Dettol v. Devtol: Delhi HC imposed Rs.1 Lakh Cost On Devtol

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Dettol v. Devtol: Delhi HC imposed Rs.1 Lakh Cost On Devtol

June 1, 2020 Intellectual property rights 0
Dettol v. Devtol: Delhi HC imposed Rs.1 Lakh Cost On Devtol 9

 

RECKITT BENCKISER (INDIA) PVT. LTD v. MOHIT PETROCHEMICALS PVT. LTD. & ANR. [1]

Facts:

    • The Plaintiff (“Dettol”) has by notice objected defendent (“Devtol”) to use infringe mark as of Plaintiff. Accordingly, Plaintiff approached the Delhi HC.

    • The Cousel appearing for Defendant accepted the summons and notice of application sent by Plaintiff.


  • The Cousel appearing for Defendant said that defendant will not manufacture and/or sell the product i.e., the hand sanitizer under the infringing mark. Furthermore, he said that the defendant has already taken steps to withdraw the infringing mark.

  • The plaintiff said that he is a manufacturer of a well-known antiseptic which is sold under the registered trademark and logo “Dettol”. The plaintiff has approached this Court seeking various reliefs against the infringing mark and logo i.e. “Devtol”. Also, direction to permanently restrain the Defendant from infringing its trademark.

Decision:

  • The Court passed a decee of permanent injunction against the defendant with respect to the mark “Devtol” and ordered defendant to recall their present stock in the market. Therefore, The Delhi High Court directed defendants to deposit a sum of Rs. 1,00,000/- to the Juvenile Justice Fundmaintained in the name of the Registrar General, High Court of Delhi, New Delhi within one week from today.

Whether “Devtol” is deceptively similar to “Dettol”?

  • Where the infringing mark is similar to the registered mark the rules of comparison of marks would broadly be the same as those adopted for comparison of marks at the time of registration under Section 11(1).

  • Section 11(1) states as follows “a trade mark shall not be registered if, because of— -its identity with an earlier trade mark and similarity of goods or services covered by the trade mark; or its similarity to an earlier trade mark and the identity or similarity of the goods or services covered by the trade mark, there exists a likelihood of confusion on the part of the public, which includes the likelihood of association with the earlier trade mark.”



  • The words “similarity to the registered trademark” will have to be taken as equivalent to the expression “deceptively similar” which has been defined in Section 2(1)(h), since sub-section (2) of section 29 also uses the expression “is likely to cause confusion on the part of the public”, therefore, the words “similarity to the registered trademark” will have to be read as “similarity to the registered trademark as is likely to cause confusion on the part of the public”. In all these cases, the judge must proceed upon evidence. You cannot put to any particular witness the question: “Is this article calculated to deceive?” That is for the judge to determine- it is a point in issue. You can only ask a witness: “would this decieve you?” And if he says “Yes”, he would then ask him “how it decieve him?” [2]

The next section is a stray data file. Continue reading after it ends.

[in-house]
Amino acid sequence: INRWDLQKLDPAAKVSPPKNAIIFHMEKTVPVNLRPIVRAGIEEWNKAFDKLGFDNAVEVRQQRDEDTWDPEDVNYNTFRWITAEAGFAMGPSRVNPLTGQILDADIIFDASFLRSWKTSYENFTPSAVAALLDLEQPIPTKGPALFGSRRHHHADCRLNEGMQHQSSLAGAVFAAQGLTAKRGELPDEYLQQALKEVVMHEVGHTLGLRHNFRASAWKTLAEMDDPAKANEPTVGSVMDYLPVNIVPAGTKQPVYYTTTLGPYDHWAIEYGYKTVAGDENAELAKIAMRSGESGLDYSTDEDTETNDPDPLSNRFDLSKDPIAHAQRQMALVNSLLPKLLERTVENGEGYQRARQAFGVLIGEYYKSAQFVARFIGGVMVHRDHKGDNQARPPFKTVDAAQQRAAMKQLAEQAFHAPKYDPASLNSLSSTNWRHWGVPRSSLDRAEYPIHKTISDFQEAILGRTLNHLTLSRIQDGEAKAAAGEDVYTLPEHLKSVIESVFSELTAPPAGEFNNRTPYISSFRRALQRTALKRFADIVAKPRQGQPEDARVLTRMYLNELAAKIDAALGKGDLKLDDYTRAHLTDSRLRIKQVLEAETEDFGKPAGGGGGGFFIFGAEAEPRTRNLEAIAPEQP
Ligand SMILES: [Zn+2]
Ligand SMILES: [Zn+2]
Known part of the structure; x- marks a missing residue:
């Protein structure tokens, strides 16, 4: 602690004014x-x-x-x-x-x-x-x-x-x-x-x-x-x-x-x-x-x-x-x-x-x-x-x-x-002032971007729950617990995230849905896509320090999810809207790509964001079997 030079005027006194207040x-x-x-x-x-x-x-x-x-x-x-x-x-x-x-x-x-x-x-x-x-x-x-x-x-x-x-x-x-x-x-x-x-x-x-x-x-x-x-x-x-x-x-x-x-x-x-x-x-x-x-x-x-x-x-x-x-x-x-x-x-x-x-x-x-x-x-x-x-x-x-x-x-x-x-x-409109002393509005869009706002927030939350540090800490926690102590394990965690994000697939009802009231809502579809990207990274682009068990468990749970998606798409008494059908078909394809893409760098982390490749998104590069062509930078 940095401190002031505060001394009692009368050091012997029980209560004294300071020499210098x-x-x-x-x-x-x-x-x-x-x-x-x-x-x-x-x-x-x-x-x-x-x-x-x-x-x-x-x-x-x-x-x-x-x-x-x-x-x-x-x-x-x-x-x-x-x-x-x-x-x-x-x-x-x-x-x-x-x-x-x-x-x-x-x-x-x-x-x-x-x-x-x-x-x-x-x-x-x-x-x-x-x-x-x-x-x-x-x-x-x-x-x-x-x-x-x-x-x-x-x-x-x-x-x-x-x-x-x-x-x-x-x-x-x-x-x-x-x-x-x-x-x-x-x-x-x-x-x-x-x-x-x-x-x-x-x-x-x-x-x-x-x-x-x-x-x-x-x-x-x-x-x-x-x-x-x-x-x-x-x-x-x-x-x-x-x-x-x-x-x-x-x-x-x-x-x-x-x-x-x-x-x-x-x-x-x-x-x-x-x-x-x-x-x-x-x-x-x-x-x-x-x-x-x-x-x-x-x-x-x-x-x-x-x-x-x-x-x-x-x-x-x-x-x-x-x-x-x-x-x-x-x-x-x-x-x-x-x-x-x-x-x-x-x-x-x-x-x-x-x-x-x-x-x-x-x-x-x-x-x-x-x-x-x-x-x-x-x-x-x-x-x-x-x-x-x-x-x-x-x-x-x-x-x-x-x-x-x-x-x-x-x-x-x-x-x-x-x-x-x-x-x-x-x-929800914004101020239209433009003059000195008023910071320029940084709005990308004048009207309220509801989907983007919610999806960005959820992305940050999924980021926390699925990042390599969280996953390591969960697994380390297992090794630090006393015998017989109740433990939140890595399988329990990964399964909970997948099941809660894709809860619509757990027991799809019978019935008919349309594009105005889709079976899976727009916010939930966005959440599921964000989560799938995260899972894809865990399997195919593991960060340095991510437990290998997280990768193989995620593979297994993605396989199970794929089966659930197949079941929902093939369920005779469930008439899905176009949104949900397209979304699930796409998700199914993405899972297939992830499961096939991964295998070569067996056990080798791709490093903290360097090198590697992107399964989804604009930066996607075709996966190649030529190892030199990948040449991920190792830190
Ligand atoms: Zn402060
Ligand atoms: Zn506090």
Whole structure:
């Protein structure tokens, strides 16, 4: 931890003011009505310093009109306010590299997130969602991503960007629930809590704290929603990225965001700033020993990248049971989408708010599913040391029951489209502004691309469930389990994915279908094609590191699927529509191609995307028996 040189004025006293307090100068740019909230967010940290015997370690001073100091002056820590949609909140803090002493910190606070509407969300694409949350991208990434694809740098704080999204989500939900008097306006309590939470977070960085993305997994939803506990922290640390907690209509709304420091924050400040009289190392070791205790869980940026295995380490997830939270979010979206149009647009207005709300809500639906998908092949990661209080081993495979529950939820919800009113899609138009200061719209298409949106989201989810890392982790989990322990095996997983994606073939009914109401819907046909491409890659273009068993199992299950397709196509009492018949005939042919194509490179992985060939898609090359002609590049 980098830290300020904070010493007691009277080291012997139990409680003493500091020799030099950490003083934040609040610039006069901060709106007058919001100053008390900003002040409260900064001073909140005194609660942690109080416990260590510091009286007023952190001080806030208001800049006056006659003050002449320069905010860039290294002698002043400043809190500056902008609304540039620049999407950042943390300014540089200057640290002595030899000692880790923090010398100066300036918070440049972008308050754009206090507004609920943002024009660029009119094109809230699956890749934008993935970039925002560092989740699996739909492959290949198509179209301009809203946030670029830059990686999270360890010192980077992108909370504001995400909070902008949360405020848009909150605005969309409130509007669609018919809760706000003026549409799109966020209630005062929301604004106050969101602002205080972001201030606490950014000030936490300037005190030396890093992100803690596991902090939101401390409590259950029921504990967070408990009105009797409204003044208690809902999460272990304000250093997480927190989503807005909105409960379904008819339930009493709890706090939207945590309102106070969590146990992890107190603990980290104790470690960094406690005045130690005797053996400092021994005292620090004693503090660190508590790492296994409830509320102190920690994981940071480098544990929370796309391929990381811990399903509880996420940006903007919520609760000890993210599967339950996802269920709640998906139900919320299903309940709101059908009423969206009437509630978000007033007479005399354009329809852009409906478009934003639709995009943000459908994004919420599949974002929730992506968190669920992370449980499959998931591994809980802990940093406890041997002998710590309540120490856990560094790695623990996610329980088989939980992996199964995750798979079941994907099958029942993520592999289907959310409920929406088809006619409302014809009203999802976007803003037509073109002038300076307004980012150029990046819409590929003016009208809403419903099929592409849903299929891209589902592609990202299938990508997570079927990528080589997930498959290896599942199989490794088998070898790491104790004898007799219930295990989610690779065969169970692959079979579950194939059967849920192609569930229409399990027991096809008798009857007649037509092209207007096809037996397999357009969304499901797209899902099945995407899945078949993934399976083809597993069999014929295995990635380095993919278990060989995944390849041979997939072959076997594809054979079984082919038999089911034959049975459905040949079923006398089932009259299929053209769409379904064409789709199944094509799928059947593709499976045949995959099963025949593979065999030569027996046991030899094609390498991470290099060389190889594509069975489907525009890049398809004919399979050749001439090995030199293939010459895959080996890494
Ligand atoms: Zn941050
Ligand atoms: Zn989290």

• In the case of Cluette Peabody & Co. v. McIntyre Hogg Marsh & Co. Ltd. (1958) RPC 335, The court observed “a man infringes the mark of another if he seizes upon some essential feature of the plaintiff’s mark. That essential feature may be ascertained by the eye or by the ear in this sense, that the goods bearing that mark may be likely to become known by certain name.”

  • This case is clearly a issue of deceptively similar mark. Section 29 of Trade Marks Act, 1999 states the circumstances under which a person is deemed to Infringe a Registered Trademark. In this case, there is clear infringement by the defendant “Devtol” under Section 29 which are as follows:

  • Section 29(2) says that a person is deemed to infringe a registered trademark if not being a “registered proprietor” or “permitted user” of registered trade mark uses a trade mark:

i) which is identical or similar to the registered trade mark used in the course of trade for the similar goods or sevices; (Both products are of similar category soap & hand sanitizer)

ii) causes confusion to public; (Devtol may create confusion to public)

iii) the registered trade mark has reputation in India or which is likely to have an association with the registered trade mark.; (Dettol is well-known trademark and has reputation in India)

Further, there is also infringement by “Devtol” under Section 29(9) which says that where the distinctive elements of a registered trade mark consists of or includes words, the trade mark may be infringed:

i) the spoken use of those words; as well as

ii) the visual representation of those words.

In this case “Devtol” consist of similar words and visual representation as of “Dettol”.



  • Therefore, on the basis of this we can say that “Devtol” is deceptively similar to “Dettol”. However, in this case defendant has accepted to withdraw his trademark before the decision of the court.

References:

  1. CS(COMM)No.141/2020 Delhi HC

2.  Trademark by K.C. KAILASAM RAMUVEDRAMAN

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